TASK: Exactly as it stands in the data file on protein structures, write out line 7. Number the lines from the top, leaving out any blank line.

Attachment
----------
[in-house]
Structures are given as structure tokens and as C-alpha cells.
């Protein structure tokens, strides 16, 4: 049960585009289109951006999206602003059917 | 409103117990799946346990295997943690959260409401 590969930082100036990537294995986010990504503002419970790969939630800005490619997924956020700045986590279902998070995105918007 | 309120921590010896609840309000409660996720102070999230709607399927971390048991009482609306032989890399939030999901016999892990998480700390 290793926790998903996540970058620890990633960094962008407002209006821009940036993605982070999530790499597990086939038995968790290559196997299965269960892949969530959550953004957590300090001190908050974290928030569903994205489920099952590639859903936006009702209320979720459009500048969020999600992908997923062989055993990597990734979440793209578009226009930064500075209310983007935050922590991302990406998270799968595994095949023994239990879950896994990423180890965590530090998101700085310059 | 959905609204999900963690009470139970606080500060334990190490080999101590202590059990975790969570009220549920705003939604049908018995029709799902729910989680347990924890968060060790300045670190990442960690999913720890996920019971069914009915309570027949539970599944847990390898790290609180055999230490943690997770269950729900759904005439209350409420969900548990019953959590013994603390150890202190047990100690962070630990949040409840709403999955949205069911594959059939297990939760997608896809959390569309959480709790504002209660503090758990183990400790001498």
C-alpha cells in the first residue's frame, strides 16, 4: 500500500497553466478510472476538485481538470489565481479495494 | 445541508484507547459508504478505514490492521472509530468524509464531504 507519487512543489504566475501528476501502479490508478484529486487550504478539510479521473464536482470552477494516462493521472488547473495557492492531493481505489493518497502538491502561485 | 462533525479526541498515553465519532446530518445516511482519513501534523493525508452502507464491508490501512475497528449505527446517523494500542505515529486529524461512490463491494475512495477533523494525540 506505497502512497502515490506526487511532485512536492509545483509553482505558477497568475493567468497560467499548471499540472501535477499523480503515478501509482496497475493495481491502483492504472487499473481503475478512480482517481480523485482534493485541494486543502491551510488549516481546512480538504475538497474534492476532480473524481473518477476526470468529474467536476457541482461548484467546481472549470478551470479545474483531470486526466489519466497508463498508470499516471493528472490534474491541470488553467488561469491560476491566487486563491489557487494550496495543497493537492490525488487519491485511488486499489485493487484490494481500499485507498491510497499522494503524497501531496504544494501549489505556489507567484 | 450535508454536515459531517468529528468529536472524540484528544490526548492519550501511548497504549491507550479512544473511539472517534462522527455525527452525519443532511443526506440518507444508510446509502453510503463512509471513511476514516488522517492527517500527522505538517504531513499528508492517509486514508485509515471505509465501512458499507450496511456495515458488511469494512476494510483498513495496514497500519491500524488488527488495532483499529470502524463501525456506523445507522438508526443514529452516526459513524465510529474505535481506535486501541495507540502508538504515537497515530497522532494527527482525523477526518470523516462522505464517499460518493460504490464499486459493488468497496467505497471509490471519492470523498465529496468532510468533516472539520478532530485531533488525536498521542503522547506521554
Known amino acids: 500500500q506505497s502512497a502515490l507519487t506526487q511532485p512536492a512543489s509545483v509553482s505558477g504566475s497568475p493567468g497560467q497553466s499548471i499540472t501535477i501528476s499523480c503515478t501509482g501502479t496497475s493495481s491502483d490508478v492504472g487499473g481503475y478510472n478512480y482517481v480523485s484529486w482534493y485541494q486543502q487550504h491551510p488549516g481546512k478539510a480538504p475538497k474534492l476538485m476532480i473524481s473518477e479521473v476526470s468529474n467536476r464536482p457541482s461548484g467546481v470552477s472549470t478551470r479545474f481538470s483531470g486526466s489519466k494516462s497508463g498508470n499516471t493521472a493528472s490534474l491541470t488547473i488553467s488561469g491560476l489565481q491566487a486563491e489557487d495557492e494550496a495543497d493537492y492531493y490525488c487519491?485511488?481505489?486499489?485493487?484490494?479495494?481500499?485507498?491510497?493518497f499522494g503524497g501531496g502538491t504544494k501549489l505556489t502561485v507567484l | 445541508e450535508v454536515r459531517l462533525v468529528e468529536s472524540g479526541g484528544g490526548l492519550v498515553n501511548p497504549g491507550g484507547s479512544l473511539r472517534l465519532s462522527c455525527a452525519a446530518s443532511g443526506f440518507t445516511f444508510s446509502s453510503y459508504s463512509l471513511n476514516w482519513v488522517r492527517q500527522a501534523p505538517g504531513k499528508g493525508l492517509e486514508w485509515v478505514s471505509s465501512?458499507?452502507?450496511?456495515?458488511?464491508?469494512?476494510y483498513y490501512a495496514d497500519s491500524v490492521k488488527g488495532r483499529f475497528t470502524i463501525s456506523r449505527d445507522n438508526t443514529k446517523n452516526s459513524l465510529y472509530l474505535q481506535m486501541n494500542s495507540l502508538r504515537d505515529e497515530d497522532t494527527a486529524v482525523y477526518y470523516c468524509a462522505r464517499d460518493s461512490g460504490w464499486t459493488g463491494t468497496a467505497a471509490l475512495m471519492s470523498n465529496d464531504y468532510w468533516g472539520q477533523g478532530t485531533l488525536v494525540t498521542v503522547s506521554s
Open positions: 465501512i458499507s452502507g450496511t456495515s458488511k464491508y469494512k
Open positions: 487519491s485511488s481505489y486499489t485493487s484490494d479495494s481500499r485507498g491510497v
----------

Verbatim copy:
Open positions: 487519491s485511488s481505489y486499489t485493487s484490494d479495494s481500499r485507498g491510497v